Hatch chiles. All of a sudden they’re everywhere. You know they’re a chile, but are they mild or hot? What’s the best way to prepare them? Unless you live in New Mexico these are questions you might be asking.
Hatch Chile 101:
* Authentic New Mexican Hatch Chiles are a favorite Southwestern chile. They are named after the original growing area in Hatch, New Mexico. Chefs say that the intense sunlight and cool nights in this valley result in a uniquely flavored chile. They’re grown in the Mesilla valley, which stretches along the Rio Grande’s southern-most bend before crossing into Texas and Mexico.
* The season for authentic Hatch Chiles is very short, typically it begins in late August/early September and lasts until mid-October so get them while you can. Stores in Southern California host Hatch Chile roastings where you can buy them by the case already roasted. Check for a store near you. Chile roastings are like a mini Hatch Chile Festival where you’ll meet fellow chile heads swapping recipes and tales of how they came to be a Hatch lover.
*Hatch chiles can range from mild to medium-hot and are most like Anaheim chiles. They’re great in Chile Con Queso, Chile Rellenos, and Chile Verde. But, don’t stop there…try roasting and using them in salads, soups, stews, dips, and sandwiches.
* You can also grill Hatch chiles which is my preferred method to ensure a year-round supply. Grilled or roasted, Hatch chiles can be frozen and will keep for two years. Their flavor and heat intensifies over time.
* When working with Hatch chiles or any other chile, WEAR GLOVES. The oils from chiles transfers to your fingers and does not wash away for quite some time. Do not touch your mouth or eyes after handling them. I’ve suffered the burn when removing my contact lenses hours later…
* To roast or grill: Wash the chiles and pat dry.
Grilling: Place chiles directly on the grill, turn chiles until the skin blisters and becomes slightly charred on all sides.
Oven roasting: Place chiles on a baking sheet in the oven on high-heat broiler setting–about 5 inches from the broiler element. Watch closely as it takes only a few minutes until the skin blisters, turn, and broil until slightly charred on all sides.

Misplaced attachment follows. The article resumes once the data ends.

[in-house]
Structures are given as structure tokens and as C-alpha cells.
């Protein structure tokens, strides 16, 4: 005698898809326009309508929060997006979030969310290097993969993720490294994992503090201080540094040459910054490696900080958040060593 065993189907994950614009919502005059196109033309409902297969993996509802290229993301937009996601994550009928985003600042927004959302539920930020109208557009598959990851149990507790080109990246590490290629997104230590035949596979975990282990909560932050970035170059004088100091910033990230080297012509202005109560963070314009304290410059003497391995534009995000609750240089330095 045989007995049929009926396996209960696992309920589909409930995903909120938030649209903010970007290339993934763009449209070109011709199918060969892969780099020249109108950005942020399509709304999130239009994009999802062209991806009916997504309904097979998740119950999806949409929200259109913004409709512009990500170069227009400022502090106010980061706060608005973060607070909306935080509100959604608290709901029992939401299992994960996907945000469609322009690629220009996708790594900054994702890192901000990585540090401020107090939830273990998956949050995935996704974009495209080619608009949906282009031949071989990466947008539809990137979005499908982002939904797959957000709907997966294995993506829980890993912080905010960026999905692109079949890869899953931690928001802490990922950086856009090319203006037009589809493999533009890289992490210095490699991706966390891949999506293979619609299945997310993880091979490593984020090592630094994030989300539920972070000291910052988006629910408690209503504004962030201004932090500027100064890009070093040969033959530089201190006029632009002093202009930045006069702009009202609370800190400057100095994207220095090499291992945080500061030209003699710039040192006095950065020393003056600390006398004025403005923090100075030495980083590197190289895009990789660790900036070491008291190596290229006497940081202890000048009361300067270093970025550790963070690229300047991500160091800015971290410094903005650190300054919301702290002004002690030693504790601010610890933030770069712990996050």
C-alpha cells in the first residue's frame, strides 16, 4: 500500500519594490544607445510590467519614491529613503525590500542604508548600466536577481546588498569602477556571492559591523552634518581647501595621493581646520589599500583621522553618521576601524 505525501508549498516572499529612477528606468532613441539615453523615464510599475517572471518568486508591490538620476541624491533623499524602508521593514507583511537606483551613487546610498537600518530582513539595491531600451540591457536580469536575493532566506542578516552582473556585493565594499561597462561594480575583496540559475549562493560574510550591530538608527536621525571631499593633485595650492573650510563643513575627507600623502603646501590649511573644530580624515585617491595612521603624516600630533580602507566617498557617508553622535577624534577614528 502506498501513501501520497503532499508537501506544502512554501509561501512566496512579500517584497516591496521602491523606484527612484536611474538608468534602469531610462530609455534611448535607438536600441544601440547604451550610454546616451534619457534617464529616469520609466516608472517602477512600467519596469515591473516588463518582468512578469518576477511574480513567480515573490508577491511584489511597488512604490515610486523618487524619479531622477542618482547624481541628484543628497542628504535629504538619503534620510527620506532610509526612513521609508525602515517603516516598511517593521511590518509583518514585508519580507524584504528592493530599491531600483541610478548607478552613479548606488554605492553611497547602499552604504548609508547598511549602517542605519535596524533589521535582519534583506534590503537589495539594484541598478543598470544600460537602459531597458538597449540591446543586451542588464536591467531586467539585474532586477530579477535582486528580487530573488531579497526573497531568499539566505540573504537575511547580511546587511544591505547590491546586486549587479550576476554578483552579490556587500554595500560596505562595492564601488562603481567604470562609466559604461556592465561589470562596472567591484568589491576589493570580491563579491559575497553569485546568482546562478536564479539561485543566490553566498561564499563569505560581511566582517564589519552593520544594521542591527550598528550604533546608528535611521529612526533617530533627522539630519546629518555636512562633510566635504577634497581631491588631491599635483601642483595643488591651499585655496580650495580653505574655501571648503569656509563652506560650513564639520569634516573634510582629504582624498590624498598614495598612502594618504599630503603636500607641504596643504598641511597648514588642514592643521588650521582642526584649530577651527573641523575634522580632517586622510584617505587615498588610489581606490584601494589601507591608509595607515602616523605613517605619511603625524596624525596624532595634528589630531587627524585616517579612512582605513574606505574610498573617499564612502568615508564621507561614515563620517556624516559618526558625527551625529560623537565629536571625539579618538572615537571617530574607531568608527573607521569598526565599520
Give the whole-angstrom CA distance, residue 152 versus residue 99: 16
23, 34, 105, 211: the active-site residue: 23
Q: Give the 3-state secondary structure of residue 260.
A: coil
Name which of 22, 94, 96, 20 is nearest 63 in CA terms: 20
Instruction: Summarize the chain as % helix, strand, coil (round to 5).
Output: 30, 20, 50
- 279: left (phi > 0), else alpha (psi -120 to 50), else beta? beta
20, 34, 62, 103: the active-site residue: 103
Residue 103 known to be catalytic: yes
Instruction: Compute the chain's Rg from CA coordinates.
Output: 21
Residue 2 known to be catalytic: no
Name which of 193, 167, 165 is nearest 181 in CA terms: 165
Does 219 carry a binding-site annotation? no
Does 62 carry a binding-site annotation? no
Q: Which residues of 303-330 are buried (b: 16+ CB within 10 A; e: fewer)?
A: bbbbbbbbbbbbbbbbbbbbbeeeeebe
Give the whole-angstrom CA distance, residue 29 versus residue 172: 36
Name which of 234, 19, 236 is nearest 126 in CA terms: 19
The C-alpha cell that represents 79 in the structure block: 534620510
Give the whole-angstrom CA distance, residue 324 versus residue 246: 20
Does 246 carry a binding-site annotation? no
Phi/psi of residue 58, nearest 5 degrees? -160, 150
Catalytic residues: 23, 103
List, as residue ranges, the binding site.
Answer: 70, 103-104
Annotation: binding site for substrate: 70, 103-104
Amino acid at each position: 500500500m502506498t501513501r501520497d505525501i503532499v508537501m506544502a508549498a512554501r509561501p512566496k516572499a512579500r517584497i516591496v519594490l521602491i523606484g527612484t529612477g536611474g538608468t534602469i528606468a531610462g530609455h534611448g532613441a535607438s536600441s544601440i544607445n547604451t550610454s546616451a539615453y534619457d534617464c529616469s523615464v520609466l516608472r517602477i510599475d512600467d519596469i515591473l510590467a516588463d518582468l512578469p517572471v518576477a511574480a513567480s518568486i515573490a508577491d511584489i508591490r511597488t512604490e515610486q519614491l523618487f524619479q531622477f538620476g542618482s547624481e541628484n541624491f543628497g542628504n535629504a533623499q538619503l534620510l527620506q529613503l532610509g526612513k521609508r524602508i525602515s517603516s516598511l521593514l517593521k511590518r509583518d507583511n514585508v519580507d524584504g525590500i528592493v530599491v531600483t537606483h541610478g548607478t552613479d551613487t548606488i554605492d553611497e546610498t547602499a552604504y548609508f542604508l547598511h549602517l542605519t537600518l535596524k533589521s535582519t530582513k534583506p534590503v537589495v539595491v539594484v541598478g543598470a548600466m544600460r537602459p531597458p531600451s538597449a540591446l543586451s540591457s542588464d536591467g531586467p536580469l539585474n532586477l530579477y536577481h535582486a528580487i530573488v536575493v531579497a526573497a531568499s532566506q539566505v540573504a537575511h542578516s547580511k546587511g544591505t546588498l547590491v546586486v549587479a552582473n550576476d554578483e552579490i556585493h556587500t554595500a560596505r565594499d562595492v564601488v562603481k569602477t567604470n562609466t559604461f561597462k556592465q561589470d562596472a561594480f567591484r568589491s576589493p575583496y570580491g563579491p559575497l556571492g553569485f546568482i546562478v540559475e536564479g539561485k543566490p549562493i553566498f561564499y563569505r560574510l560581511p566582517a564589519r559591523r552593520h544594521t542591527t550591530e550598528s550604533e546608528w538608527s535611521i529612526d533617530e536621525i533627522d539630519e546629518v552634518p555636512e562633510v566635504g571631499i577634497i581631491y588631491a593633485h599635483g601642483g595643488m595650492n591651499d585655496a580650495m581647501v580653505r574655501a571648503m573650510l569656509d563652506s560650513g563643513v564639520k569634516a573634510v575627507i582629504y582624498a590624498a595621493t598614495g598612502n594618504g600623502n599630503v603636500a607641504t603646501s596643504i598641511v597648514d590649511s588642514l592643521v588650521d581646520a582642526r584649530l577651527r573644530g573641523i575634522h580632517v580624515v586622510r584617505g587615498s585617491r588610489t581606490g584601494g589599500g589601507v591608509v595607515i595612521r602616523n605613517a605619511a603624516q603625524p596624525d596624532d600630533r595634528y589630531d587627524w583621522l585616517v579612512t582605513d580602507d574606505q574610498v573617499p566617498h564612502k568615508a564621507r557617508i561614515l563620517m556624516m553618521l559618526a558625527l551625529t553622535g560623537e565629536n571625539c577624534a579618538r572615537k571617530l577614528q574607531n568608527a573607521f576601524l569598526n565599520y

Once the skin is evenly charred, place hot roasted chiles in a paper or plastic bag, or a covered bowl and let the chiles steam for 15 minutes to loosen the skin. Skinning and seeding is very easy after this. Freeze the chiles whole, the skin, core and seeds are very easy to remove when defrosted. Resist rinsing so as not to lose any of their great flavor!
Just when I think I’ve cooked Hatch chiles about every way you can, I come up with something new! Like these super easy cucumber Hatch chile hummus boats – a tasty and nutritious snack for grown ups or kids. We washed ours down with a little Tongue Tickler Double IPA from Noble Ale Works. Cool and refreshing!
I also riffed on my Chicken Enchiladas with Hatch Chile Sauce from two years ago. It was better than the first time – probably because it was cooked in my trusty cast iron skillet and adorned with heirloom cherry tomatoes, isn’t summer wonderful?
I also have recipes for Corn Pudding with Hatch Chiles (you’ll love how easy it is to make and its soufflé-like texture), Candied Bacon & Hatch Chile Pancakes (a heavenly sweet & savory combination), Grilled Pineapple and Hatch Chile Salsa, Heirloom Tomato and Grilled Corn Salad with Hatch chiles and now a quick and healthy snack of Cucumber Boats stuffed with Hatch Chile Hummus. If you’ve caught Hatch Chile fever and want more, see my friend Dorothy’s post of 50 Best Hatch Chile Recipes!
Enjoy! And this weekend, why not make it out to a Hatch Chile Roasting and discover your inner chile head!
Upcoming Hatch Chile Roastings in OC
Click on store names for more information.
Sunday, Aug. 24: Huntington Beach and Tustin, Ralphs.
Saturday, Aug. 30: Newport Beach, Bristol Farms.